The world's appetite for meat is nearly insatiable. High demand has caused some food organizations to ignore animal rights completely, putting chickens in cramped hen houses and cattle in unsanitary slaughterhouses.
Social cognizance of these issues has pressured beef, pork and chicken producers to pay more attention to their procurement practices. Thorough surveys of chicken, pig and cattle facilities aren't as common as consumers would hope, but some corporations are taking proactive measures to ensure they're sourcing from enterprises that are considerate of animal welfare.
The Hartman Group recently noted an endeavor undertaken by popular food brand Nestlé, which is implementing animal rights standards that will impact an estimated 7,300 suppliers. Specifically, the company stated that it will refrain from purchasing food made from pigs raised in gestation crates, chickens grown in battery cages, cattle whose tails or horns were removed while conscious or livestock detrimentally affected by growth hormones.
While gestation crates keep pigs confined in painfully small compartments that prevent them from turning around, battery cages cramp chickens raised for egg production, forcing them to live in their own filth. It's these kinds of conditions that have drawn concern from many consumers and organizations such as the Humane Society.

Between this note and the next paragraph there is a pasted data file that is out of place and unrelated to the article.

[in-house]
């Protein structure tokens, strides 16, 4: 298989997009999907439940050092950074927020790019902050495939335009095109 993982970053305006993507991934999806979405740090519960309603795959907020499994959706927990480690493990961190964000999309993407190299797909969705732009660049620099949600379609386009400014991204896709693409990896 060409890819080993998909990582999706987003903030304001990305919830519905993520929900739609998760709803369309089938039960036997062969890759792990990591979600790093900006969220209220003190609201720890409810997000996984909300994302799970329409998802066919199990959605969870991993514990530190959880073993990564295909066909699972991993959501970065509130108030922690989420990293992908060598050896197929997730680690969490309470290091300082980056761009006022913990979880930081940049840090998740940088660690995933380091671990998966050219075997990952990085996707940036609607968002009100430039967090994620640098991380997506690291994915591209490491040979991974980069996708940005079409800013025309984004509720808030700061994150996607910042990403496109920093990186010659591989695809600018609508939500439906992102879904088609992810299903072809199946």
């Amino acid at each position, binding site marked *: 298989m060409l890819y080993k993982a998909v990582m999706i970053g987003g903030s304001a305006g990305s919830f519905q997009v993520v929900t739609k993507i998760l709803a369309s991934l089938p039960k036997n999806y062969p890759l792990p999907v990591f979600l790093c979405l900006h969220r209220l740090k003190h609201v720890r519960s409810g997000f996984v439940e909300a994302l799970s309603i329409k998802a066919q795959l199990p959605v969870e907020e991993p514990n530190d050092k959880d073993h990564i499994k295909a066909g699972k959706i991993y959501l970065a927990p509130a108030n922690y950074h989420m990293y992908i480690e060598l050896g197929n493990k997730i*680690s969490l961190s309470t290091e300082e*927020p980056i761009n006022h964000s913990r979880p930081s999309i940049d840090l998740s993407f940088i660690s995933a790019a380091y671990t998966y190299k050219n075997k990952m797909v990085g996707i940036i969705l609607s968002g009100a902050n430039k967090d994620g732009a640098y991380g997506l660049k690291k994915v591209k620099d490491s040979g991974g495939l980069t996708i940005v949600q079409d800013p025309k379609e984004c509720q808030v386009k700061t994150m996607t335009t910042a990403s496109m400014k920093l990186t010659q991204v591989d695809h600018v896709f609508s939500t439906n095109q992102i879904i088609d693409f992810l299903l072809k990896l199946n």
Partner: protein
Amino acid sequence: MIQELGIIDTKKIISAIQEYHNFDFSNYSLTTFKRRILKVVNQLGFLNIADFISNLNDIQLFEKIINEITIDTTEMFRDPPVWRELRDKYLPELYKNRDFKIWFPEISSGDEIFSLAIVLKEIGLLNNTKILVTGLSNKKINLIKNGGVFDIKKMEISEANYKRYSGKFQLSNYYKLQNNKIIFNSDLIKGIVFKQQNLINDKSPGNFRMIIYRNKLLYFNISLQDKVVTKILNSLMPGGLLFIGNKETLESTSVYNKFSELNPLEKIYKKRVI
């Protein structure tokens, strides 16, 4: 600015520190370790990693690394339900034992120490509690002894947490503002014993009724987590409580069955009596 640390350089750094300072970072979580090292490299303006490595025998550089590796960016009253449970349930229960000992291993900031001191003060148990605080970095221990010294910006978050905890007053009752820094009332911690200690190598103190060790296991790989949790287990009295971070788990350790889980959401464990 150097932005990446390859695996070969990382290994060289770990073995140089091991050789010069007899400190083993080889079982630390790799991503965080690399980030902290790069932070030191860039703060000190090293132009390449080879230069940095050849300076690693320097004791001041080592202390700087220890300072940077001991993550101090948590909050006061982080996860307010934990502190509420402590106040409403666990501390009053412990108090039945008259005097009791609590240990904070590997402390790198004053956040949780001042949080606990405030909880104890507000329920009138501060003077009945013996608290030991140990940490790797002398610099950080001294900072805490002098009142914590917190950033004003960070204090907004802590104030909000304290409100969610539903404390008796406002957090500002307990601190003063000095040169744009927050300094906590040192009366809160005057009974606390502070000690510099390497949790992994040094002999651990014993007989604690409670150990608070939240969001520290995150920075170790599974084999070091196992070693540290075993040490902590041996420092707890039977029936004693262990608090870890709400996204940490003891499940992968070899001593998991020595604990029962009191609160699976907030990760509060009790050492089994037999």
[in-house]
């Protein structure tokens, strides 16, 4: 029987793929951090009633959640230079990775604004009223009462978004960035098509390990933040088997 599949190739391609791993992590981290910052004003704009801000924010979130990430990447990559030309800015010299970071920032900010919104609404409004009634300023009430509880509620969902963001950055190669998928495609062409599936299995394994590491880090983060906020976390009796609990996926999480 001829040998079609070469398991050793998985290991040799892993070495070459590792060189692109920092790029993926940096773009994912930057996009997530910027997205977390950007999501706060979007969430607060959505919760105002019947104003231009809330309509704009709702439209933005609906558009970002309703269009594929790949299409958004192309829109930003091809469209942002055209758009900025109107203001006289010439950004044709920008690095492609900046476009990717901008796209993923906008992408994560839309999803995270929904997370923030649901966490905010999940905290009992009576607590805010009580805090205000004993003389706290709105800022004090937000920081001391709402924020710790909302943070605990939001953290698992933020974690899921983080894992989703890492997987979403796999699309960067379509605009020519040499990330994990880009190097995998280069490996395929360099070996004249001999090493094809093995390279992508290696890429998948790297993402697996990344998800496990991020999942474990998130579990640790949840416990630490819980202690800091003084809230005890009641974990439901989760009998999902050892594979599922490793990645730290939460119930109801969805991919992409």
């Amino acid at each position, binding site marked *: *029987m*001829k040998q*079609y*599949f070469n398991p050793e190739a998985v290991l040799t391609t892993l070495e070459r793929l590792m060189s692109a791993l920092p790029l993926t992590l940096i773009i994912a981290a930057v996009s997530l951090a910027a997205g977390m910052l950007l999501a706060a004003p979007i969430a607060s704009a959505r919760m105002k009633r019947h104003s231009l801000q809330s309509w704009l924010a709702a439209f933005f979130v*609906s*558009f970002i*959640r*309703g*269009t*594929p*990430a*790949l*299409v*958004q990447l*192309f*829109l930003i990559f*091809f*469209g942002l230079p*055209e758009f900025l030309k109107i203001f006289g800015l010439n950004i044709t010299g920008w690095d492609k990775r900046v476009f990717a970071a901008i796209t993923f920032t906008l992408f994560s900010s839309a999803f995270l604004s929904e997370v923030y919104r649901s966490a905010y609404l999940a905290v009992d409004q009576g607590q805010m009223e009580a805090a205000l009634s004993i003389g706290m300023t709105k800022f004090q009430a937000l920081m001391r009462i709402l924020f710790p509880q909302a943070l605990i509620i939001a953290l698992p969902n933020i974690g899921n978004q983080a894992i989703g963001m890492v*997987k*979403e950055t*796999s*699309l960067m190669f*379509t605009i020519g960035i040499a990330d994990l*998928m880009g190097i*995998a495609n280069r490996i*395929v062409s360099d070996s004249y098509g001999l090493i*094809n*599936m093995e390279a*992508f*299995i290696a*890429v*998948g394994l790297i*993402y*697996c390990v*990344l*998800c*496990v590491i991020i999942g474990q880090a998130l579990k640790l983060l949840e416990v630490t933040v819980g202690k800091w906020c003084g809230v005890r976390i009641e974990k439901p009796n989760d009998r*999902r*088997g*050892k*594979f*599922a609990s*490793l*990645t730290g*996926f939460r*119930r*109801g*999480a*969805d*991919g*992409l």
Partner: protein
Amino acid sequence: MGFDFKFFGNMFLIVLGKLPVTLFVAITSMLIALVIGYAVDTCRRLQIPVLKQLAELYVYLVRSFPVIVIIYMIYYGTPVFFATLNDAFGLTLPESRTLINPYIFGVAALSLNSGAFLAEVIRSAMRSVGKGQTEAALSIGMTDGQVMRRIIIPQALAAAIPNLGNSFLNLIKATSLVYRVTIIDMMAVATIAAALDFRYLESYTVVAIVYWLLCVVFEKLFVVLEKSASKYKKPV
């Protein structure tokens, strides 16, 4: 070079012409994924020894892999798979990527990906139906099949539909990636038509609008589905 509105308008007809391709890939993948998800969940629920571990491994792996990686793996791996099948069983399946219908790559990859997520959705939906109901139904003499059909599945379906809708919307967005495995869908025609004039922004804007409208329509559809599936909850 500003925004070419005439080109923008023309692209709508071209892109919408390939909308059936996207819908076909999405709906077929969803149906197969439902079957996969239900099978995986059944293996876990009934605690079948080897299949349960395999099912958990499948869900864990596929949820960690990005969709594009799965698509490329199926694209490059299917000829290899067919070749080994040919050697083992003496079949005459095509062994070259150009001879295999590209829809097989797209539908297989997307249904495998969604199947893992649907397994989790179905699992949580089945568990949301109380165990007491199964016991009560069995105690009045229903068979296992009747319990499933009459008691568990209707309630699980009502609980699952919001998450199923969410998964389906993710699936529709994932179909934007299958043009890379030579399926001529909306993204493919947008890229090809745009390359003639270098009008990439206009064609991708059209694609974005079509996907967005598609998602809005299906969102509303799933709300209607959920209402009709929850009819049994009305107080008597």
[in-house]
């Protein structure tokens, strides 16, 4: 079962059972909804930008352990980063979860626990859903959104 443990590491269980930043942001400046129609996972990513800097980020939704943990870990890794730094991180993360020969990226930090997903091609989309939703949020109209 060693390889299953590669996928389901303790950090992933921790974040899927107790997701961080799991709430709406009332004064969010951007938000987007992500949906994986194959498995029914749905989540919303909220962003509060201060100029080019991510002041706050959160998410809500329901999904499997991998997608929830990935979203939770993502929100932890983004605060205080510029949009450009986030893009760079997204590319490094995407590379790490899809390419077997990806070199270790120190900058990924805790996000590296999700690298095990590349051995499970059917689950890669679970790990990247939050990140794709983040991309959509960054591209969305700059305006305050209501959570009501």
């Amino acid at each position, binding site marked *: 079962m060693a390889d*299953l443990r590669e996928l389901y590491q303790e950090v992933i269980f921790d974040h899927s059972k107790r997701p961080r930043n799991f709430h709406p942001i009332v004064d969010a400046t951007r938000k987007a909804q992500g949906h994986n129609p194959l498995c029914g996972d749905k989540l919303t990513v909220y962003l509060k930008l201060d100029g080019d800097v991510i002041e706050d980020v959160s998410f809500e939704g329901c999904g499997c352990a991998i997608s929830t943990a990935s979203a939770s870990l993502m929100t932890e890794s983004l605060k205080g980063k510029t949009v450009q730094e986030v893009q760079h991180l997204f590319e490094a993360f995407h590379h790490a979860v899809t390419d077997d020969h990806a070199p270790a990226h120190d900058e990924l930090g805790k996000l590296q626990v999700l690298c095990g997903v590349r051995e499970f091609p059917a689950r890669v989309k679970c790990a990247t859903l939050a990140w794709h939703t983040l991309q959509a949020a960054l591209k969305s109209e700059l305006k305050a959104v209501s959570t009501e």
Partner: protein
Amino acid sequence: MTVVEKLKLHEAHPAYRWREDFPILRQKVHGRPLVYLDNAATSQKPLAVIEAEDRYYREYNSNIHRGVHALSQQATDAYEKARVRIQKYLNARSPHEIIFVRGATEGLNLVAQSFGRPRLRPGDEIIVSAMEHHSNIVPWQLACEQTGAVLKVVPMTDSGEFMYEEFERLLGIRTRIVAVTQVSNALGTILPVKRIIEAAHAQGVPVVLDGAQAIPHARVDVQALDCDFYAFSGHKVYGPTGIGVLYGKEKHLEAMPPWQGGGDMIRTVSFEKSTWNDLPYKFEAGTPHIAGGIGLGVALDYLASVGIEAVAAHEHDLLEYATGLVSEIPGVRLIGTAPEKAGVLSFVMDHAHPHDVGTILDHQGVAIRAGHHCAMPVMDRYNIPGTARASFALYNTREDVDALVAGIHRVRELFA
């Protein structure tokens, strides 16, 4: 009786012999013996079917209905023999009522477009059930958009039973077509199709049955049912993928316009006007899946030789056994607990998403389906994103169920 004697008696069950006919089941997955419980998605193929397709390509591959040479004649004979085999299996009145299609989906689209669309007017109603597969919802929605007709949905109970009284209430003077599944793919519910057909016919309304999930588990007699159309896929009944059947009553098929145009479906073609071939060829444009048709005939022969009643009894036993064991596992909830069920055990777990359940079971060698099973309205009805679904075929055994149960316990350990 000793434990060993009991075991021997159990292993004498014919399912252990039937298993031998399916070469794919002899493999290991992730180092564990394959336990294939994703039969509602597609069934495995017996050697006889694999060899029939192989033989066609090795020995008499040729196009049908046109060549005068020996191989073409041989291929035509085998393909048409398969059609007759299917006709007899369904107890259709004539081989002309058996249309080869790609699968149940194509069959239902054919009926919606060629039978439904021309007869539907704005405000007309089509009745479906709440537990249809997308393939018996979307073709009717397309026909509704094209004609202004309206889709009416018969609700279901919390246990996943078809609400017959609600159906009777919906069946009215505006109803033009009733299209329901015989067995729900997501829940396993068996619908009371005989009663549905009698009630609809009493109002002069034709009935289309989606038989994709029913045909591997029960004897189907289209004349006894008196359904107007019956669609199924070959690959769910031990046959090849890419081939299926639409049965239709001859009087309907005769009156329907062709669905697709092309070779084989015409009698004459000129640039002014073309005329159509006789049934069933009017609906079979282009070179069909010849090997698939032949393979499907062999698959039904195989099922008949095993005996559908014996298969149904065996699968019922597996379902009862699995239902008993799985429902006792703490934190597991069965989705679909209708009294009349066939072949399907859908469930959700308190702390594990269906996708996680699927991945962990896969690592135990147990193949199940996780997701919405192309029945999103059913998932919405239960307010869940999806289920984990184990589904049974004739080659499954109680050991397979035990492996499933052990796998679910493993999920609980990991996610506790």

What's the general sentiment?
Over the past half-decade, market research endeavors have shown that people aren't too fond of companies known for animal cruelty. The Hartman Group conducted a survey regarding these concerns last year, discovering that 76 percent of consumers asserted they favor organizations that avoid improper treatment of livestock - 5 percent greater than 2010.
Yet, when a company asserts it procures meat products from agriculturalists cognizant of human rights, people don't take such statements at face value. Some of them may conduct research on the matter in order to validate the business' word. If it's difficult for those assiduous consumers to find information, they will likely conclude that the company in question is hiding something.
Transparency is key
That's why food corporations are building supplier relationships with farmers participating in organizations dedicated to animal rights. One such association is the Verified Beef Production program, of which Canadian Ranger Coy Schellenberg is a member, according to Farm Animal Care.
"The originators of VBP had it right when they built the program around the simple statement: 'I have nothing to hide and you are welcome to see,'" Schellenberg told the source.
When an organization proactively divulges its practices, it induces trust among consumers. This is a quality every enterprise should look for before initiating the RFP process.